Pelvic Floor Therapy Can Alleviate Urinary Incontinence

There are several options to deal with the condition

By Deborah Jeanne Sergeant

If you leak urine, pelvic floor physical therapy can help you ditch pads and rushing to the bathroom throughout the day.

While it would seem like medication or surgery are the only ways to solve urinary incontinence, physical therapy provides a different approach that solves the common yet not normal issue.

Sarah Capodagli, doctor of physical therapy with CorrEra Physical Therapy in Williamsville, said that urinary incontinence affects men and women of all ages—not just post-partum and post-menopausal women.

“I would say overall, women might know more about physical therapy for urinary incontinence but sometimes the extent they know about treating it is Kegel exercises,” she said.

Kegel exercises—consciously working the muscles that control urine flow to strengthen them—are not always the answer. Many do not know how to perform them correctly and engage the wrong muscles. For people with tight bladder control muscles, these exercises worsen the problem.

Some people hold stress in their shoulders. Others hold stress in their pelvic floor, which can interfere with continence.

That is why it is important to learn the patient’s health history.

Professionals typically look at the body mechanics, posture, and breathing patterns. All of this affects continence. The physical therapist also discusses behaviors such as avoiding constipation, lifting mechanics and movements in daily living such as getting in and out of a car.

Ironically, many people reduce drinking fluids to help control their incontinence. That tends to worsen the problem. Most providers recommend drinking throughout the day and to reduce accidents, stopping three hours before bedtime.

Since constipation is sometimes related to urinary incontinence, Capodagli encourages patients to have easy, consistent bowel movements by eating enough fiber and drinking enough water.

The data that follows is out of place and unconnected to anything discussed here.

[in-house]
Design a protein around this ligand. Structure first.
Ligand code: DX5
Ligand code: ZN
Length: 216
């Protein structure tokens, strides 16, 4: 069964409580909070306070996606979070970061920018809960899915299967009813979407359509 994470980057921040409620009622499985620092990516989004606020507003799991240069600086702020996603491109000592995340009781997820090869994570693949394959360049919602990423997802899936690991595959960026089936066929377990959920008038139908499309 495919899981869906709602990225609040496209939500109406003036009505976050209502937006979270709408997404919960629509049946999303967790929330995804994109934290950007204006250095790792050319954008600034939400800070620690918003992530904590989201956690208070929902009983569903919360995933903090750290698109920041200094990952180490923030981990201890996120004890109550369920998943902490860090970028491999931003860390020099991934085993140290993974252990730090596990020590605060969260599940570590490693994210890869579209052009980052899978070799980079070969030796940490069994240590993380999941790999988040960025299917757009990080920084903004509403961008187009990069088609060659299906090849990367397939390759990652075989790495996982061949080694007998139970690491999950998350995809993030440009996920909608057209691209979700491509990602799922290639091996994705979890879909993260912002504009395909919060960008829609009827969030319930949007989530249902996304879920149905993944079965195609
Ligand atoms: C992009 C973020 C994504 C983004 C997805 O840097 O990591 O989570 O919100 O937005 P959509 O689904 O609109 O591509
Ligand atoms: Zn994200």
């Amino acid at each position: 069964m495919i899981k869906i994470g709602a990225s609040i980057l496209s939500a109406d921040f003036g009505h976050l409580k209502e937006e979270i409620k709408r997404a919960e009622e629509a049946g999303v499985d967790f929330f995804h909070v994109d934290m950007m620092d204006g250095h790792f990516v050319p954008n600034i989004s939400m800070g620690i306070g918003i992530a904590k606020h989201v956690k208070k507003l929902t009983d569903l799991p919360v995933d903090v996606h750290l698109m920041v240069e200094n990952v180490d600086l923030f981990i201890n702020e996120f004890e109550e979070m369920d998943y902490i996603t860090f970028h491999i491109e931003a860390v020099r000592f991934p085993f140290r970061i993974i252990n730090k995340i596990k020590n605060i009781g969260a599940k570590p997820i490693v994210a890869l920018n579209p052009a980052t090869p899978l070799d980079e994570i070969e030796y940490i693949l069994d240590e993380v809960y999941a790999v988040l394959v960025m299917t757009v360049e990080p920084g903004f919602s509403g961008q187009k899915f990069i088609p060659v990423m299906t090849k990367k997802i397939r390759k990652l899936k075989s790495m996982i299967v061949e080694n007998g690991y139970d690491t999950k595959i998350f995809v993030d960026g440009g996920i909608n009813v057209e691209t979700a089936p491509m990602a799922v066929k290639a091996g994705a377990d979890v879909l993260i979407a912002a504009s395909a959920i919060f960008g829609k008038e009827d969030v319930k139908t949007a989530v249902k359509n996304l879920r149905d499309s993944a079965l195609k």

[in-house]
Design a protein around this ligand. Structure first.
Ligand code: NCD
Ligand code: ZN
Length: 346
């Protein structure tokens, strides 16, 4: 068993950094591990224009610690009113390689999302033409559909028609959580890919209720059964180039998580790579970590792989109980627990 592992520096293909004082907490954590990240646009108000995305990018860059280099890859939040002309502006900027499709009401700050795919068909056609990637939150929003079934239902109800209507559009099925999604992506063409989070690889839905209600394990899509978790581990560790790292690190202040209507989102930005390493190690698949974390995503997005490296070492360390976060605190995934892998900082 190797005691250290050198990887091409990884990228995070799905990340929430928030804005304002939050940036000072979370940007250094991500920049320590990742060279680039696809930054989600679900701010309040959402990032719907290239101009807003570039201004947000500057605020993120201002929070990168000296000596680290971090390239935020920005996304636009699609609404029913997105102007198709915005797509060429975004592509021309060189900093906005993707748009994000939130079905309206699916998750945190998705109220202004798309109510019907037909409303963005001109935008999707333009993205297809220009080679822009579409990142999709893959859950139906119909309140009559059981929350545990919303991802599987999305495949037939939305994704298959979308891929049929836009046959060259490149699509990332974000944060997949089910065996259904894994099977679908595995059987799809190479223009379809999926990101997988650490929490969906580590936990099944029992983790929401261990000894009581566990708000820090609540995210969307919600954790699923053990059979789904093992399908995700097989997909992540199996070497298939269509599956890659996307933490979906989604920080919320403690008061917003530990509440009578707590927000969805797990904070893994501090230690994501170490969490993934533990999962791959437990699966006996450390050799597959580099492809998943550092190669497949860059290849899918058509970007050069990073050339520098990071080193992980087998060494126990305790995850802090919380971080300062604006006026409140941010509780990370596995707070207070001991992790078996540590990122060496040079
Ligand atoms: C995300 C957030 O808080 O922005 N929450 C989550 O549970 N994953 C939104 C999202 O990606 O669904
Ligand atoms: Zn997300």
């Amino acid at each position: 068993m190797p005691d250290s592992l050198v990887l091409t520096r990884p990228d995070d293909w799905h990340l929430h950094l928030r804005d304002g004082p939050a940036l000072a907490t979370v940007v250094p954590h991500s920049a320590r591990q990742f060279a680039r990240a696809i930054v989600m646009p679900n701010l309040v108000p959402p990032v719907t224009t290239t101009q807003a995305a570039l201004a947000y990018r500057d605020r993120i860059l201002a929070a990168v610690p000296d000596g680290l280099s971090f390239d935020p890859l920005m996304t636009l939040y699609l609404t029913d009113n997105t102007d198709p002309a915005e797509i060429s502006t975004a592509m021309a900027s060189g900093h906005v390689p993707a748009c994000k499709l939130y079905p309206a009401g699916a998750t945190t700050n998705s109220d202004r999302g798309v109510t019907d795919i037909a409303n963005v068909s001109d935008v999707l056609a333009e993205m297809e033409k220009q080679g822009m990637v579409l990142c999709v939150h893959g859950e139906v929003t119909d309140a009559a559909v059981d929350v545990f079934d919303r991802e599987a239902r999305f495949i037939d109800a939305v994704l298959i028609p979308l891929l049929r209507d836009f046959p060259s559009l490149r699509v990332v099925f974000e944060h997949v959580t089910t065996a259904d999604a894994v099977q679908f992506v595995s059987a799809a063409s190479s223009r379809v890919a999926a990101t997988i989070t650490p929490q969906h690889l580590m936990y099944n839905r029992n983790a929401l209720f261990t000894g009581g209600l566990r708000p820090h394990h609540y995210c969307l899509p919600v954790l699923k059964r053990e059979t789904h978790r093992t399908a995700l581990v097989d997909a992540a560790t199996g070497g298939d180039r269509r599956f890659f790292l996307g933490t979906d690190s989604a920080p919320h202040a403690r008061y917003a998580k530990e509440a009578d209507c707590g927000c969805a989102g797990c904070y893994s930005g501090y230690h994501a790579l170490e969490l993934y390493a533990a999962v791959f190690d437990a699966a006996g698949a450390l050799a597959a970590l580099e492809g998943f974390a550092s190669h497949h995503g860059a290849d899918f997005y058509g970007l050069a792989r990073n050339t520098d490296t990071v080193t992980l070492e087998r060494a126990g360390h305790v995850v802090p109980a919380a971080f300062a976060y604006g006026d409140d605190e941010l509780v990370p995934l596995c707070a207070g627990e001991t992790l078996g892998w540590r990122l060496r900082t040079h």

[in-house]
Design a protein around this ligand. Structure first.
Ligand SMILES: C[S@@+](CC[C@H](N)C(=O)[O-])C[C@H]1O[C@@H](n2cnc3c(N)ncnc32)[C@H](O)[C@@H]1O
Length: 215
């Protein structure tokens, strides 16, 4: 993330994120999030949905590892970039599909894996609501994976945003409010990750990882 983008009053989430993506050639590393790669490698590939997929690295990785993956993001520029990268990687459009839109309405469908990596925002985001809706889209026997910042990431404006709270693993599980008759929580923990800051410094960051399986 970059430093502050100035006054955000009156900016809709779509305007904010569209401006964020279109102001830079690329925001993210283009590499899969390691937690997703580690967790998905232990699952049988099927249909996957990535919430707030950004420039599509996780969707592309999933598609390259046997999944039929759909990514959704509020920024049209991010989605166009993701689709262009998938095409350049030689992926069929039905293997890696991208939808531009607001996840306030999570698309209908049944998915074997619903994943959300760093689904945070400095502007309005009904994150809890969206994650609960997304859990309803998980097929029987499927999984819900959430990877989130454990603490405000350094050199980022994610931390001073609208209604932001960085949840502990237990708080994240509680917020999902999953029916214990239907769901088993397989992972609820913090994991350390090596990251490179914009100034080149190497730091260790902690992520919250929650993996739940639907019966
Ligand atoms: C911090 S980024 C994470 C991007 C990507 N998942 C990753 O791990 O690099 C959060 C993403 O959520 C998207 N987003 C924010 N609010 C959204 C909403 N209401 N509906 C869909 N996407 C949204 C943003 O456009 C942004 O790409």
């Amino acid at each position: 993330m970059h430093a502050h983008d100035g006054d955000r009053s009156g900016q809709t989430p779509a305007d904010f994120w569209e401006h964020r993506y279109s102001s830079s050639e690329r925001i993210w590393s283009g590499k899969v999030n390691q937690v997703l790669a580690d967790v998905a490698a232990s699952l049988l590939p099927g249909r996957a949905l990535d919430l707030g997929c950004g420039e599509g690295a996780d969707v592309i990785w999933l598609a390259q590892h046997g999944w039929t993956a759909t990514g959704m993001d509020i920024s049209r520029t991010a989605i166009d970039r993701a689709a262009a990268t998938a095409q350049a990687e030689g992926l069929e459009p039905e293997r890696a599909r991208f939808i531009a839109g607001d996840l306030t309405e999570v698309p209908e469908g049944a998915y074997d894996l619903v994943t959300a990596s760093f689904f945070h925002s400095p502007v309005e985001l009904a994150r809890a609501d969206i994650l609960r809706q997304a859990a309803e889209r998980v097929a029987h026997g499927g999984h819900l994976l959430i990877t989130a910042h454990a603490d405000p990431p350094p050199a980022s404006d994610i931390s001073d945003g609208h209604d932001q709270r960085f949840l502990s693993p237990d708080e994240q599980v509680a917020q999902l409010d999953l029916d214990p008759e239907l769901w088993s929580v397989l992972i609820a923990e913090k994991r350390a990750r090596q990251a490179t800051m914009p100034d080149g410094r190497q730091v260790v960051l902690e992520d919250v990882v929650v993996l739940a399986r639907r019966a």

Providers also discuss when the person experiences leaks. Stress incontinence is caused by sneezing, laughing, lifting objects and other types of movement. Urge incontinence occurs frequently throughout the day when the patient feels an intense need to urinate. Physical therapy can help with both types of incontinence.

“They learn how to relax them and learn how to mechanically relax them.

That can help,” said physician Jacquelyn Gonka-Griffo, who completed a fellowship in Female Pelvic Medicine and Reconstructive Surgery. She practices at Western New York Urology Associates in Cheektowaga.

She added that for many people with incontinence, their bladder control muscles are either too lax or too tight. They may be out of synch with when they want to hold their bladder and when they want to release urine. Learning stretching exercises in the office that they can perform at home may be the key to conquering incontinence.

“A lot of these patients are in significant discomfort and this is the only thing that can help,” Gonka-Griffo said. “A lot of patients have urinary incontinence with interstitial cystitis, a term that’s been brought into the urology world for those with unexplained bladder pain or discomfort.

Some are put on diets where they can’t eat anything acidic and they’re told there’s nothing else they can do. Pelvic floor physical therapy can treat general pelvic pain, overactive bladder, fecal incontinence and organ prolapse.”

By the second visit for pelvic floor physical therapy, some patients may need an internal exam, performed through the vagina for women and through the rectum for men. This can help the physical therapist know how the muscles are engaging.

Rehabilitative ultrasound is another tool therapists use. Similar to pregnancy ultrasound, it gives physical therapists a better idea of how the pelvic floor muscle is working.

When someone learns how to perform a bicep curl, she can watch her reflection in the mirror to monitor her movement. Since pelvic floor muscles are inside, the ultrasound gives a peak at what they’re doing.
Within a few weeks, most patients see improvement in continence and those effects last.

“They may still have exercises they need to do when done with therapy, but my goal is to teach them how to correctly use their body, so they don’t need to see me again,” said Mary Roberts, doctor of physical therapy with Buffalo Rehab Group in Williamsville.

Of course, those who seek treatment sooner tend to see quicker results.

Roberts wants anyone struggling with urinary incontinence to know that it’s never too late to see improvement.

“The big thing is that you don’t have to live with it, even if it’s only happening occasionally,” she said. “It’s easier to treat it if it’s going on a couple months than people who let it go on years and years. It’s usually a longer road to get there. Don’t be afraid to talk about it; people don’t talk about it. And ask your doctor and advocate for yourself.”

Roberts added that few physicians refer people to pelvic floor physical therapy. As with any type of physical therapy, patients can go directly to a physical therapist without a referral and most forms of health insurance will cover it.